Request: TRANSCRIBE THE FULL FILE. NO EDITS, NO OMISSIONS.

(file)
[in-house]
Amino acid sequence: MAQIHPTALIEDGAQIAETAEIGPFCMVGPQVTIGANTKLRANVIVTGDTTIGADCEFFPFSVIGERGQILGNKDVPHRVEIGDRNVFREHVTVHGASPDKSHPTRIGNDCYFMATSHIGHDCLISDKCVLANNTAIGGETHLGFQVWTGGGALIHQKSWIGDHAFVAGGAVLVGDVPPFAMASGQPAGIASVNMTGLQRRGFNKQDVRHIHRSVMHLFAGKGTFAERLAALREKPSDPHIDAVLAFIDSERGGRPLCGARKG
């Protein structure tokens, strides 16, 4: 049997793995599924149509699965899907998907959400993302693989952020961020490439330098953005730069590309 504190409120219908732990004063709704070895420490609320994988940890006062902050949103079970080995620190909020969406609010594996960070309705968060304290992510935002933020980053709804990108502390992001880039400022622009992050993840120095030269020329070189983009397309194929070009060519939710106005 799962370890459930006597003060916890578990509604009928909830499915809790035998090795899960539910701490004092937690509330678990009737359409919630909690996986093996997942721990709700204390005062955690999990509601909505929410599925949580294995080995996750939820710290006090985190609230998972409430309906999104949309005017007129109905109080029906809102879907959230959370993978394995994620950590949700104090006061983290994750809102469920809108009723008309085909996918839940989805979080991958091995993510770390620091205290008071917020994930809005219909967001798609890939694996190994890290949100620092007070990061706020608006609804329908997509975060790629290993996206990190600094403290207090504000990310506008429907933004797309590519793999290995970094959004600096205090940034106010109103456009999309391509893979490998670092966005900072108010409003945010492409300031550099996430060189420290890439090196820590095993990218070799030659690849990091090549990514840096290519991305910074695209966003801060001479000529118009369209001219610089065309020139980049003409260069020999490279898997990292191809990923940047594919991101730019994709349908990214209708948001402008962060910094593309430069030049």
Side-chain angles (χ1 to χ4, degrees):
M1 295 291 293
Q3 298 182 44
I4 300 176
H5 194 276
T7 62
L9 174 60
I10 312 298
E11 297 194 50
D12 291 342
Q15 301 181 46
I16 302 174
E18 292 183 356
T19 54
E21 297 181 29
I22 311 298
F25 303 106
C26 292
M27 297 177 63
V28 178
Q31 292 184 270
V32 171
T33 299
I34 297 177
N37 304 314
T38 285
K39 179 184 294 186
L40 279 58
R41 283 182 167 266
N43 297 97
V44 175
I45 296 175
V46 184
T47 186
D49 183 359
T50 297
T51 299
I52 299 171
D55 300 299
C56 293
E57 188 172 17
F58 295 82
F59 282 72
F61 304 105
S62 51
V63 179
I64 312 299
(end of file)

[in-house]
Amino acid sequence: MAQIHPTALIEDGAQIAETAEIGPFCMVGPQVTIGANTKLRANVIVTGDTTIGADCEFFPFSVIGERGQILGNKDVPHRVEIGDRNVFREHVTVHGASPDKSHPTRIGNDCYFMATSHIGHDCLISDKCVLANNTAIGGETHLGFQVWTGGGALIHQKSWIGDHAFVAGGAVLVGDVPPFAMASGQPAGIASVNMTGLQRRGFNKQDVRHIHRSVMHLFAGKGTFAERLAALREKPSDPHIDAVLAFIDSERGGRPLCGARKG
């Protein structure tokens, strides 16, 4: 049997793995599924149509699965899907998907959400993302693989952020961020490439330098953005730069590309 504190409120219908732990004063709704070895420490609320994988940890006062902050949103079970080995620190909020969406609010594996960070309705968060304290992510935002933020980053709804990108502390992001880039400022622009992050993840120095030269020329070189983009397309194929070009060519939710106005 799962370890459930006597003060916890578990509604009928909830499915809790035998090795899960539910701490004092937690509330678990009737359409919630909690996986093996997942721990709700204390005062955690999990509601909505929410599925949580294995080995996750939820710290006090985190609230998972409430309906999104949309005017007129109905109080029906809102879907959230959370993978394995994620950590949700104090006061983290994750809102469920809108009723008309085909996918839940989805979080991958091995993510770390620091205290008071917020994930809005219909967001798609890939694996190994890290949100620092007070990061706020608006609804329908997509975060790629290993996206990190600094403290207090504000990310506008429907933004797309590519793999290995970094959004600096205090940034106010109103456009999309391509893979490998670092966005900072108010409003945010492409300031550099996430060189420290890439090196820590095993990218070799030659690849990091090549990514840096290519991305910074695209966003801060001479000529118009369209001219610089065309020139980049003409260069020999490279898997990292191809990923940047594919991101730019994709349908990214209708948001402008962060910094593309430069030049």
Side-chain angles (χ1 to χ4, degrees):
M1 295 291 293
Q3 298 182 44
I4 300 176
H5 194 276
T7 62
L9 174 60
I10 312 298
E11 297 194 50
D12 291 342
Q15 301 181 46
I16 302 174
E18 292 183 356
T19 54
E21 297 181 29
I22 311 298
F25 303 106
C26 292
M27 297 177 63
V28 178
Q31 292 184 270
V32 171
T33 299
I34 297 177
N37 304 314
T38 285
K39 179 184 294 186
L40 279 58
R41 283 182 167 266
N43 297 97
V44 175
I45 296 175
V46 184
T47 186
D49 183 359
T50 297
T51 299
I52 299 171
D55 300 299
C56 293
E57 188 172 17
F58 295 82
F59 282 72
F61 304 105
S62 51
V63 179
I64 312 299